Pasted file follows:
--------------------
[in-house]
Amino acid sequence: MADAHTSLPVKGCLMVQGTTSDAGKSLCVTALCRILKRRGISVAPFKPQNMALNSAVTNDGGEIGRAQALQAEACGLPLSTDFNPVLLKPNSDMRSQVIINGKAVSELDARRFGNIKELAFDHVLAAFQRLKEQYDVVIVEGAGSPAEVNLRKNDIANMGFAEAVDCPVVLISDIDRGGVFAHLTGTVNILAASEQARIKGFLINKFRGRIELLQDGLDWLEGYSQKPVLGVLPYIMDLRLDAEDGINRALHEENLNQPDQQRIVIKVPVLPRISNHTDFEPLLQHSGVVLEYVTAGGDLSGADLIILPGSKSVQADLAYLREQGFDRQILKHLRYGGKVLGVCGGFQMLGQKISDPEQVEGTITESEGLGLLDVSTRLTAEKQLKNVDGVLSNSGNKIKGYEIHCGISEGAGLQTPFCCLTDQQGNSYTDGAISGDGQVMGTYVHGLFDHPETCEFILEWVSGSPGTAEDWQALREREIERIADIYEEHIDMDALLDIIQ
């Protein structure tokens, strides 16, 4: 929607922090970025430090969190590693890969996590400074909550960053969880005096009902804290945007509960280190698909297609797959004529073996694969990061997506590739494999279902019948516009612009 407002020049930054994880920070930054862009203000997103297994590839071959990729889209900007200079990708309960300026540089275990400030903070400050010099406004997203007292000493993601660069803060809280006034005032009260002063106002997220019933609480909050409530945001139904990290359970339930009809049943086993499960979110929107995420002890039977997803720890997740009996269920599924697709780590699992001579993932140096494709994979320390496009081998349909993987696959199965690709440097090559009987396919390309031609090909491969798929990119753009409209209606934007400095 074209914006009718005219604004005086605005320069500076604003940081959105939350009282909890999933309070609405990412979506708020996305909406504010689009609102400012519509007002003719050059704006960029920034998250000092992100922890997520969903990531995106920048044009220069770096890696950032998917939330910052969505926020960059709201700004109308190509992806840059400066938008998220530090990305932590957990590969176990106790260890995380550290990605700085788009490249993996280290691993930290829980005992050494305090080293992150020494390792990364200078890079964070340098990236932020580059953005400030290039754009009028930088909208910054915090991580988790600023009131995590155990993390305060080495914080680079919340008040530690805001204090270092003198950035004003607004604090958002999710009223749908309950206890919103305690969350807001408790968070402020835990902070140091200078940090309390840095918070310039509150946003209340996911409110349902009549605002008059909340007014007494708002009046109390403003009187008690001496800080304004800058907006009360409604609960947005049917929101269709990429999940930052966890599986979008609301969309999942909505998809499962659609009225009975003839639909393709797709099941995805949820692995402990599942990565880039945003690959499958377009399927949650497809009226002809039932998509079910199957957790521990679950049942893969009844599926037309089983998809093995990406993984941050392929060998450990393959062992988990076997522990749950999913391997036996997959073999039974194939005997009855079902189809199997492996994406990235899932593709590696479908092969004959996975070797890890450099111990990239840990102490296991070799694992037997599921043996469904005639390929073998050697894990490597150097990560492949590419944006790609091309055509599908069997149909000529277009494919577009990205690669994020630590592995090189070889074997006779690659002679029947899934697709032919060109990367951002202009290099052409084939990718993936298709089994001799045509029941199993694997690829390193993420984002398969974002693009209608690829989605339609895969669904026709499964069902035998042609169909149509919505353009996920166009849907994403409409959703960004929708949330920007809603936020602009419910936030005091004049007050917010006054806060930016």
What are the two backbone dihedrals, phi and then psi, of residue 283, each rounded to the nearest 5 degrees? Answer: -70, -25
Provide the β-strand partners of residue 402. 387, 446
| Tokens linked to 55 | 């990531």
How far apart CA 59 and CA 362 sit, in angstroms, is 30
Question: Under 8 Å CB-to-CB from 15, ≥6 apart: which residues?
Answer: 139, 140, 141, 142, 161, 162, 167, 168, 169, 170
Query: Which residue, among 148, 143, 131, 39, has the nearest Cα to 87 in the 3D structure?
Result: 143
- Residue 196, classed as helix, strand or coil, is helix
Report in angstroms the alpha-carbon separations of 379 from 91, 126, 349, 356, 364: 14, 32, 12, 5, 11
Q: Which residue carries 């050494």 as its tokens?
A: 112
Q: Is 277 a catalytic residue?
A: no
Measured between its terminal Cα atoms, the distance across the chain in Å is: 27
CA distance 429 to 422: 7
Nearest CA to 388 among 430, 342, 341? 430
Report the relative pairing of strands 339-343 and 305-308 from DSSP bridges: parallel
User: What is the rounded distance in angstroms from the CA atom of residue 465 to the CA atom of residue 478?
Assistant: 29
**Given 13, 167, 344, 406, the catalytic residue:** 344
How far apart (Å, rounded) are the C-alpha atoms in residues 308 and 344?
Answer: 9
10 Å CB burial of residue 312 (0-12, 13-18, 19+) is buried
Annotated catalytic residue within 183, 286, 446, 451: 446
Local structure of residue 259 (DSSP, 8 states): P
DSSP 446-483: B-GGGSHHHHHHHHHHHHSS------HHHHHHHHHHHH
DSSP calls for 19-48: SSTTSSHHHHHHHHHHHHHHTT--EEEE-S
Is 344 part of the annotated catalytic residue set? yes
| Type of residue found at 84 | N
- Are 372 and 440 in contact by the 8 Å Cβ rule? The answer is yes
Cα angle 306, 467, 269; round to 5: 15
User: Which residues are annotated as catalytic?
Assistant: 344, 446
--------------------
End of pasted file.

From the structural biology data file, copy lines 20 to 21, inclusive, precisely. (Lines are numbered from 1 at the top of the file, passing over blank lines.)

Nearest CA to 388 among 430, 342, 341? 430
Report the relative pairing of strands 339-343 and 305-308 from DSSP bridges: parallel